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of self-denial and eminent devotedness, we may expect that something of these qualities will distinguish him ; but if a great degree of secularity belonged to his early religious asso. ciations, though he may rise superior to them; yet it is more likely that his mode of thinking and of acting will be conformable to a worldly type. In regard to this, as to a thousand things, we may ask, “ Do men gather grapes of thorns, or figs of thistles ?” To expect a body of eminently spiritual Missionaries out of a carnal, selfish, worldly community, is absurd. I admit that excellent individuals will sometimes be found even in a very corrupt church. But I am speaking of such a body of active instruments as is necessary to promote the universal diffusion of the Gospel. The Christian church, I am convinced, is sufficiently numerous to furnish such a corps ; but it is not sufficiently spiritual.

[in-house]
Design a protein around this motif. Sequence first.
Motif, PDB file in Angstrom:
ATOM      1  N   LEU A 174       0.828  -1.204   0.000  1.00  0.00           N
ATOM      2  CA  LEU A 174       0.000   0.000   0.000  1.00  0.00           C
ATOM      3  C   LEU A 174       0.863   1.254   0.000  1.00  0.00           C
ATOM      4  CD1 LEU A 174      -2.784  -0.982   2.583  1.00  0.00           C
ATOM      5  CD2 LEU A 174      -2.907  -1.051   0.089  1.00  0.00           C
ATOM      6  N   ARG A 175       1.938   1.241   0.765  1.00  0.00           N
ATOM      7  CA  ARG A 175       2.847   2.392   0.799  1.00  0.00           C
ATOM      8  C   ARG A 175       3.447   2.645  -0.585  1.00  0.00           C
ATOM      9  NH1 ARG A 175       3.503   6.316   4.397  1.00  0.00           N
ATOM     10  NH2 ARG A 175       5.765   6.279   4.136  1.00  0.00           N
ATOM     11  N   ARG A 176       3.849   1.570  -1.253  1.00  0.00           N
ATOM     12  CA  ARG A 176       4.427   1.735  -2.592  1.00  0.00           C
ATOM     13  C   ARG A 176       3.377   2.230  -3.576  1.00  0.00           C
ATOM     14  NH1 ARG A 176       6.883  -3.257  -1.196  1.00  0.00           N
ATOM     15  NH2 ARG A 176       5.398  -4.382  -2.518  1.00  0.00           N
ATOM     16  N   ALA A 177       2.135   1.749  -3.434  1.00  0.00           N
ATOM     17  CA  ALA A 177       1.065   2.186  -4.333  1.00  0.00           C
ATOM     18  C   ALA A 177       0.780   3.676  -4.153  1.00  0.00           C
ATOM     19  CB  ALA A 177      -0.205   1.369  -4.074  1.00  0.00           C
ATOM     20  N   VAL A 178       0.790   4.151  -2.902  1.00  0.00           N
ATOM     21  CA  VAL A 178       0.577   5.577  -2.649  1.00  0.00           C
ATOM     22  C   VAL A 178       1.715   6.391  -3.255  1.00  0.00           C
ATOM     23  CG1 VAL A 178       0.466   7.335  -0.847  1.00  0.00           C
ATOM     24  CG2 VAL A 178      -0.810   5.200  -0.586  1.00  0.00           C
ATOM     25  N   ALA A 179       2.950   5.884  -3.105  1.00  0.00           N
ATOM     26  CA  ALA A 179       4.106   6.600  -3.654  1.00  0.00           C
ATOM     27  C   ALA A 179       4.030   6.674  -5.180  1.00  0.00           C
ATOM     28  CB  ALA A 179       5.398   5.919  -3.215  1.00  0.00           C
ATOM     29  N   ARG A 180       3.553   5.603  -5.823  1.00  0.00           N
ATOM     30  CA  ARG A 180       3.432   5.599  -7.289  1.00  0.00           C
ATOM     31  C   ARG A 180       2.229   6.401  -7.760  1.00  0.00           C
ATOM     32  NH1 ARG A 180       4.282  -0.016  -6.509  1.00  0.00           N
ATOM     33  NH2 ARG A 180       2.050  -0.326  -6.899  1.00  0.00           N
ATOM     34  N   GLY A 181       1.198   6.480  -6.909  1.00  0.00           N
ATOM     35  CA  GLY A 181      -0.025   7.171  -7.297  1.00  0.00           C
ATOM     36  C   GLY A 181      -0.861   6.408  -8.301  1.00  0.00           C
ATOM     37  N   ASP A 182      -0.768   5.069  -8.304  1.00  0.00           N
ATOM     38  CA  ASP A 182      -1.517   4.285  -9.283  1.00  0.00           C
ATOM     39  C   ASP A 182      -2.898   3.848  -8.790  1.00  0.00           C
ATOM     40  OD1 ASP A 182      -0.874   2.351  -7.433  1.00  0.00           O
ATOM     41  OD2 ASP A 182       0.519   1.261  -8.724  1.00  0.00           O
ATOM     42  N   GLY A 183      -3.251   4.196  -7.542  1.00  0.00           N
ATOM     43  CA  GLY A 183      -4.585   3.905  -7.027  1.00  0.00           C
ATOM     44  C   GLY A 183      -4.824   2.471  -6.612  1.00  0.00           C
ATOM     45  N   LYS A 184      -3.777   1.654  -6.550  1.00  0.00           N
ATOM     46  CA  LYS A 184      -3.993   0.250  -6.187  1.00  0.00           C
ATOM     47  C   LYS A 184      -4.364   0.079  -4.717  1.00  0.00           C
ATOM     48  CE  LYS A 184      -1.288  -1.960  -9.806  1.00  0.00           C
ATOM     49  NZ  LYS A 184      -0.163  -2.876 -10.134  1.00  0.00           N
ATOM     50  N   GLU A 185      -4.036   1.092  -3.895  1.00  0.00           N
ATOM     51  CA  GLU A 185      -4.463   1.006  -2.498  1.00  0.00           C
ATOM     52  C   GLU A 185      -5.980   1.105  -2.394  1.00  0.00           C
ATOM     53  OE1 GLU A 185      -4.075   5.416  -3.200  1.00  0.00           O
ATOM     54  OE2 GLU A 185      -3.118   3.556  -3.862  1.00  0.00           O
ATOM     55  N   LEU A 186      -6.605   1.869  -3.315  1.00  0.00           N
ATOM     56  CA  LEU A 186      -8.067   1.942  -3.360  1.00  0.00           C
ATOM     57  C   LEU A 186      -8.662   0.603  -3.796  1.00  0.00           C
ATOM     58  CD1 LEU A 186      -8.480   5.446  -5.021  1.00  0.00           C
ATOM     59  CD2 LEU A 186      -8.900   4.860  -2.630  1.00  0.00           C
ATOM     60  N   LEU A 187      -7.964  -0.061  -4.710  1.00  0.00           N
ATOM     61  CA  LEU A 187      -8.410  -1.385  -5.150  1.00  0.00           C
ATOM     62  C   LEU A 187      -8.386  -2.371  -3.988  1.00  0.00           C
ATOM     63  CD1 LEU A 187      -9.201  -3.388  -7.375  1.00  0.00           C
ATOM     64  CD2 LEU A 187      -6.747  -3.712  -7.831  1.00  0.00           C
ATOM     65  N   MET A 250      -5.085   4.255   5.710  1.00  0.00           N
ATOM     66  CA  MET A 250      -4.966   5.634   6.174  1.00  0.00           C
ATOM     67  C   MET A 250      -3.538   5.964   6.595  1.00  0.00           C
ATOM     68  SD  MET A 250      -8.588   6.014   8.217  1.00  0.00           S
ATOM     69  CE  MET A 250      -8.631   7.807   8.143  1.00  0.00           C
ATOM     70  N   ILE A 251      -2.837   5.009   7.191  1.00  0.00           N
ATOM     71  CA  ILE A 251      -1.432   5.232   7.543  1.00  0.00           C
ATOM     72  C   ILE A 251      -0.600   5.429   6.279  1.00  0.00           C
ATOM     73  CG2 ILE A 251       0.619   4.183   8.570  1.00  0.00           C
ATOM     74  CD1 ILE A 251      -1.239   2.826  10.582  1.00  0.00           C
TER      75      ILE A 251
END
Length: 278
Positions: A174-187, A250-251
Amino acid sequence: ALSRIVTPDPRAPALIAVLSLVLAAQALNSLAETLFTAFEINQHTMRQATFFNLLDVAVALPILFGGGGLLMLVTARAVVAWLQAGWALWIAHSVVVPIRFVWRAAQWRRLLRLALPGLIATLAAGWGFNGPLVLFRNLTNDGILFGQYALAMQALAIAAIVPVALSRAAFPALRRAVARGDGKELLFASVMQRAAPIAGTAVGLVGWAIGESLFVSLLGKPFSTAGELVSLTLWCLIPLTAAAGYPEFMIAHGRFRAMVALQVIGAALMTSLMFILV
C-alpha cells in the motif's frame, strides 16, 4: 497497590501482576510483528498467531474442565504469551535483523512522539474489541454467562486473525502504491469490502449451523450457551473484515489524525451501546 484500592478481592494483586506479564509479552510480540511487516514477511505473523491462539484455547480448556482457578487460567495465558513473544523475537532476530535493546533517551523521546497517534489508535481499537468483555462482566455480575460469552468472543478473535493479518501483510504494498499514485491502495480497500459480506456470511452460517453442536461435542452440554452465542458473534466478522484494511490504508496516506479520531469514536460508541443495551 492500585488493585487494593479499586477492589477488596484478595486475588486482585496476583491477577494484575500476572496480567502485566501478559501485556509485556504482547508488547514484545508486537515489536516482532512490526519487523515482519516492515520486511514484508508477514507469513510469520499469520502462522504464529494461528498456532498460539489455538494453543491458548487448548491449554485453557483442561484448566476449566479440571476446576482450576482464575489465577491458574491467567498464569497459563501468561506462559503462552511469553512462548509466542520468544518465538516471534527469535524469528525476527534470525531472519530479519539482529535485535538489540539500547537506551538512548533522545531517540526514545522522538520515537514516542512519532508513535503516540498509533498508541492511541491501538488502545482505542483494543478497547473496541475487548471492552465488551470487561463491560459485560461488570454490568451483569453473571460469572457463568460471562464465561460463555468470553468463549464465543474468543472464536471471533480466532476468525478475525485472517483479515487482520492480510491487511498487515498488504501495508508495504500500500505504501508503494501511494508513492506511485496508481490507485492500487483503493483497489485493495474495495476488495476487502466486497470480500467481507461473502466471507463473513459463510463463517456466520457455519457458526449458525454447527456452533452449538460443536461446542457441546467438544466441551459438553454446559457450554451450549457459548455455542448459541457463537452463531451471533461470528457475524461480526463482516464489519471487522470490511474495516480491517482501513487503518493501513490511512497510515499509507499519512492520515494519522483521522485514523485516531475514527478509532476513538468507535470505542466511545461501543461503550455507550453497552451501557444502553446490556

Did the state of spiritual religion, for which we contend, exist, there would be greater regard in the formation of connexions, in the pursuits of business, and the education of families to the interests of the kingdom of Christ, than usually takes place. It would be a common and an honourable thing, to educate and form the character of one or more branches of a family, with a view to carry the Gospel abroad, or to preach it at home, should the love of Christ operate on the hearts of the parties. The first question in thie prosecution of earthly pursuits would not be, how is most money to be gained ? but—how may we be most useful? Religion, instead of being a subordinate object, or one of many considerations, would be regarded as the first and primary subject of regard, to which all other things would be considered as inferior, and to which they would all be rendered tributary.